Imagine if going to the doctor’s office was like walking in the Apple store. Imagine if healthcare technology design was as inviting as an Apple watch or a Fitbit. Would you be more likely to use it?
I have always considered myself a follower of technology; not an early adopter, just an enjoyer of it. I appreciate a well designed gadget and when I come across one that I really like, I enjoy showing it off to my friends describing all its features in great detail as if somehow, I had something to do with it.
Yet working in the hospital for more than a decade I have come across some equipment and software that didn’t always look or feel as inviting as some of the technology I use at home. I also often found myself giving elaborate explanations to patients in an effort to reduce their anxiety.
- For example, I remember using technologies critical to my clinical practice and telling patients something like “I know this might look like a giant head gear, but honestly, it’s just a couple of microphones.”
- Another phrase commonly heard from my clinical room was, “And just when you thought you had enough tubes everywhere, I’m going to get you to put this in your left nostril.”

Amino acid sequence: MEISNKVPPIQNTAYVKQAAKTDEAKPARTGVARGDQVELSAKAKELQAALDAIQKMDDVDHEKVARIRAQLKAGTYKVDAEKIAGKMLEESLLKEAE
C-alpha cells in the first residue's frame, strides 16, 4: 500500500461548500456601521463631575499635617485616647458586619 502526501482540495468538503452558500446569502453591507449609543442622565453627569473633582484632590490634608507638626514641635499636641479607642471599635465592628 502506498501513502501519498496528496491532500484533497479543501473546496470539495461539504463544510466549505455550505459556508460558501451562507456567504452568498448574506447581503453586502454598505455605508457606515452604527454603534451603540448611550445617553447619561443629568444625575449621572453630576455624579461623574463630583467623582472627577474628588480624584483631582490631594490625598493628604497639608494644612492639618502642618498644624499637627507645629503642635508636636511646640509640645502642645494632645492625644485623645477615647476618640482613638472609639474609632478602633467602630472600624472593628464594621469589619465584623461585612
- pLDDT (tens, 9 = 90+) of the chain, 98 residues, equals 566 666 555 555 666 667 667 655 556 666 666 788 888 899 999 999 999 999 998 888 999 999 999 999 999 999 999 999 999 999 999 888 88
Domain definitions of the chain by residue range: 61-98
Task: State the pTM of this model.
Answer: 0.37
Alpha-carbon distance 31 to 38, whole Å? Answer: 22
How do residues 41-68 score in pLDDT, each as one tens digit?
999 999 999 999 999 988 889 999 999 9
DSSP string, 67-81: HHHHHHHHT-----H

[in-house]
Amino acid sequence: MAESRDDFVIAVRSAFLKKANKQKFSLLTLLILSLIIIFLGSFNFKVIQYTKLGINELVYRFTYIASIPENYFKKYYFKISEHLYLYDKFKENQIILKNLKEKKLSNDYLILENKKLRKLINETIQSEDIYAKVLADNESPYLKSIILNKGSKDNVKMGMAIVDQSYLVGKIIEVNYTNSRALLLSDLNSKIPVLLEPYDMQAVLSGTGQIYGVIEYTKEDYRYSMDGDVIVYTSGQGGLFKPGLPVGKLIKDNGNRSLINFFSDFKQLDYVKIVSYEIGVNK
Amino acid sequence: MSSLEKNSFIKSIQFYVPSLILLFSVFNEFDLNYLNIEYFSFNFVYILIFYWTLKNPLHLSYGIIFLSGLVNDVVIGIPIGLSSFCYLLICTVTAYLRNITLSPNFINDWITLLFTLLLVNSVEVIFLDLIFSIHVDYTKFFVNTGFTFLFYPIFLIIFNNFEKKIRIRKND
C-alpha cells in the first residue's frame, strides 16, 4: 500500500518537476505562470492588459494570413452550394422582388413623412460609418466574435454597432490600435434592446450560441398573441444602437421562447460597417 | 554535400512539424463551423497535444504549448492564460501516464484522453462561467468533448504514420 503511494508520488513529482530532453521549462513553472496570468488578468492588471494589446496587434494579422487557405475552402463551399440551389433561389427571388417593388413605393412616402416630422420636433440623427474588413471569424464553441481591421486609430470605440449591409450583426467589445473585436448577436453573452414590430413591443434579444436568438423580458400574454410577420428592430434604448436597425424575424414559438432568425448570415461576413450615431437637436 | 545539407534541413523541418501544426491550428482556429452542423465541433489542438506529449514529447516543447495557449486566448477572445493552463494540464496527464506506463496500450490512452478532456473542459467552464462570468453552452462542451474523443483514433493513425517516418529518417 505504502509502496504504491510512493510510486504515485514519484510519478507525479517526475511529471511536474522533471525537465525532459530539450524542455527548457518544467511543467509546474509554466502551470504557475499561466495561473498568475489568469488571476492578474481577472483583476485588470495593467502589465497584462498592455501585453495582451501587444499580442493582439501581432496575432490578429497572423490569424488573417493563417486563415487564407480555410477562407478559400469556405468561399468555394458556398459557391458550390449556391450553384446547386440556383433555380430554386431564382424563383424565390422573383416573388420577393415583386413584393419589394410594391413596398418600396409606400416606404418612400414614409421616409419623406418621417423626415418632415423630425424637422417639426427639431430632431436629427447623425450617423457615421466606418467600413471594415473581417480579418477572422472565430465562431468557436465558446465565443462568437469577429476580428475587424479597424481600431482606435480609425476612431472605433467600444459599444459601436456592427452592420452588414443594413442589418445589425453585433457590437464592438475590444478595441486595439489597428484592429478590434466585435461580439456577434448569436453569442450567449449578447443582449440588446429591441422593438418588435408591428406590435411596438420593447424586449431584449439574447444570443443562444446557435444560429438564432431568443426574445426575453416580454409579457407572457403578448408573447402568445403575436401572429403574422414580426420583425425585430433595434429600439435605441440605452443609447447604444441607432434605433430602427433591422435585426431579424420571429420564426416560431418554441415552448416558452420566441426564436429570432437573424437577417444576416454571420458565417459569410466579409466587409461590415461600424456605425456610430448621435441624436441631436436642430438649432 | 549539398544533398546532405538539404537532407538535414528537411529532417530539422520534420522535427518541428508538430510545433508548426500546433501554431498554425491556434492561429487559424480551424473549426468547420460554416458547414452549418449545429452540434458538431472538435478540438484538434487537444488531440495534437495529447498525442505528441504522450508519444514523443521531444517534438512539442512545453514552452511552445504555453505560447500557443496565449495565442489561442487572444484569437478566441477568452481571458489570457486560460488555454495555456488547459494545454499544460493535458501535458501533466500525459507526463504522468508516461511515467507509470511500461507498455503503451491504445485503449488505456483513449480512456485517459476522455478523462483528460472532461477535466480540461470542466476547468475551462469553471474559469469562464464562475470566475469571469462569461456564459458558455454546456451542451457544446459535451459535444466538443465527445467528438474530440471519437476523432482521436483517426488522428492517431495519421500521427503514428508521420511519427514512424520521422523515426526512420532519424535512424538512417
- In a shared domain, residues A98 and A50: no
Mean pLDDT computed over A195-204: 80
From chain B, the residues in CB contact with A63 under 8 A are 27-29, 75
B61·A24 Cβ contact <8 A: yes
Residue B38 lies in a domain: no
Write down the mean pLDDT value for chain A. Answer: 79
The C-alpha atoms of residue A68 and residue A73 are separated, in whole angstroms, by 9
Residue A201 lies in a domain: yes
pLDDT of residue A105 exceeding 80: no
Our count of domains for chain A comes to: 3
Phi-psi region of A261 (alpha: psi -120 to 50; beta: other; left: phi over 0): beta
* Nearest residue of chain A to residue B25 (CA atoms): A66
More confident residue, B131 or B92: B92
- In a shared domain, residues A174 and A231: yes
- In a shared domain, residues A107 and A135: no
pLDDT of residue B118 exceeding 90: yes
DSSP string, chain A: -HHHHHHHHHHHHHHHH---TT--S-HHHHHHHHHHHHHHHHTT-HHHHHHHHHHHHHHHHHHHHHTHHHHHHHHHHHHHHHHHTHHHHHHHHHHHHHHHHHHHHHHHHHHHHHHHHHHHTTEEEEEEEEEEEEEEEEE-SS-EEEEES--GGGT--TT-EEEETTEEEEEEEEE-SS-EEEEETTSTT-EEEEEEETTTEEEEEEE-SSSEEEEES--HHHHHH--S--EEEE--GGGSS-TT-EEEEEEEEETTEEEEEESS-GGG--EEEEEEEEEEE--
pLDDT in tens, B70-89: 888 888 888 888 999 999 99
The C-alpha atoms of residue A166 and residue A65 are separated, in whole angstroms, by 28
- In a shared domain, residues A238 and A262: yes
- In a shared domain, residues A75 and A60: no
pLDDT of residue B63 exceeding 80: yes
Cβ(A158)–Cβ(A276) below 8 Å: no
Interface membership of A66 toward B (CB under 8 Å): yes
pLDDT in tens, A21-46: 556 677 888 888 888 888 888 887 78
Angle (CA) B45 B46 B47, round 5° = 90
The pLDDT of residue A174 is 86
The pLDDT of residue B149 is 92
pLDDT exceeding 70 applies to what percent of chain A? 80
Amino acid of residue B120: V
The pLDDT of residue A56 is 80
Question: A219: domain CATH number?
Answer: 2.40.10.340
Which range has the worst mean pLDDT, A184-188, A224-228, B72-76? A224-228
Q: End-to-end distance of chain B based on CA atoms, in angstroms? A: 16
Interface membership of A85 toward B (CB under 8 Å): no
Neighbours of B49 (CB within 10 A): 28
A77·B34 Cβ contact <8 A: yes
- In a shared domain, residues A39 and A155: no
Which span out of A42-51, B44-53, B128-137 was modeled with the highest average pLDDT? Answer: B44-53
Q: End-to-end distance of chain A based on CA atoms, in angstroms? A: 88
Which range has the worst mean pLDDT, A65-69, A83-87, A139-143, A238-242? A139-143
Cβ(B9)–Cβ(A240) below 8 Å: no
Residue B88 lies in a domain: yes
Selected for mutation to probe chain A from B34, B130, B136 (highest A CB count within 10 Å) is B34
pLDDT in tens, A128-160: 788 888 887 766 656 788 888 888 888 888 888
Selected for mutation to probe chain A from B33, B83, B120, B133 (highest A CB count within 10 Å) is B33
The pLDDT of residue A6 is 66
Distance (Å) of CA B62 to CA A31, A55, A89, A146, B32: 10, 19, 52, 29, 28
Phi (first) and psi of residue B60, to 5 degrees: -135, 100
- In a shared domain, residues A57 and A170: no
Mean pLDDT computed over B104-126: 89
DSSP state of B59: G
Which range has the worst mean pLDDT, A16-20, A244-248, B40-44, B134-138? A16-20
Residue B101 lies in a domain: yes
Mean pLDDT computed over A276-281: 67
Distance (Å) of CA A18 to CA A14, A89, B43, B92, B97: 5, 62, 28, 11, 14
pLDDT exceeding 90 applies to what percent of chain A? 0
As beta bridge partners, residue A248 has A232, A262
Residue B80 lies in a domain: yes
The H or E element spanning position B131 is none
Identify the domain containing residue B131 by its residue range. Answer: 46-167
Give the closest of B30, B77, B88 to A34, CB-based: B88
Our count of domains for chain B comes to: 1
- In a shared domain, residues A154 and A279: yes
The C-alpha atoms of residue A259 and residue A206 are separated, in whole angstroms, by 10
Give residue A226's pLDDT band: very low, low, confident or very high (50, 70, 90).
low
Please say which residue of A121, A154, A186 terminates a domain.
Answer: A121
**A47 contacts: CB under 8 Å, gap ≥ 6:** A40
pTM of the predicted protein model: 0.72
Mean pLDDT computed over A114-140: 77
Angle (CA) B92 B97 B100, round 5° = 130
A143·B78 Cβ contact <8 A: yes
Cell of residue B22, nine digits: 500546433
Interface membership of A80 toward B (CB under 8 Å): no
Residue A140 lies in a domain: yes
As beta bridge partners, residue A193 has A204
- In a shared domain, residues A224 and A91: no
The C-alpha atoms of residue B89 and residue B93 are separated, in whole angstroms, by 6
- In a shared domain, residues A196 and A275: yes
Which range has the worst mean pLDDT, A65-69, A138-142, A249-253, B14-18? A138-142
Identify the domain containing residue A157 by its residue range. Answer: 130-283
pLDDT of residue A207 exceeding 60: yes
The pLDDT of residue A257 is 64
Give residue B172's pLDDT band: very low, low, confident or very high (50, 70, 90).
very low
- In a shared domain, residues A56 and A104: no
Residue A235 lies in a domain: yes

- And sometimes I even found myself saying, “I know these alligator clips look like something out of Bill Nye the Science Guy, but I assure you that everything you have on are just sensors.”
The reality is that if you’re a patient with dysphagia or a clinician working with dysphagia, there haven’t been many beautiful technological options for you. The hardware and software currently available to patients and their SLPs are not the kind you want to tell your friends about. Why is that?
Working with creative, out-of-the box thinkers, problem-solvers, and visionaries I’ve learned that we have the power to change this experience for our patients and for ourselves. Designers, mechanical and materials engineers, software developers, and data scientists are all passionate about applying their skills to problems with real-life impact and purpose. This is how Mobili-T began.
It may come as a surprise to you, but Apple once did the very same thing. Apple focused their packaging design and user experience to destigmatize the once-scary computers.
I believe that the same can be achieved for dysphagia equipment.
Our patients (and us) shouldn’t be afraid or embarrassed of using technology that is designed to improve health. Technology is fun and should be embraced and explored with curiosity. If designed with users in mind, with design that is inclusive and destigmatizing, then our field should reach a point where dysphagia technologies are treated with the same reverence as any other product; products that speak to you on a creative level, that make you feel special when you use them, products that you want to use over and over again.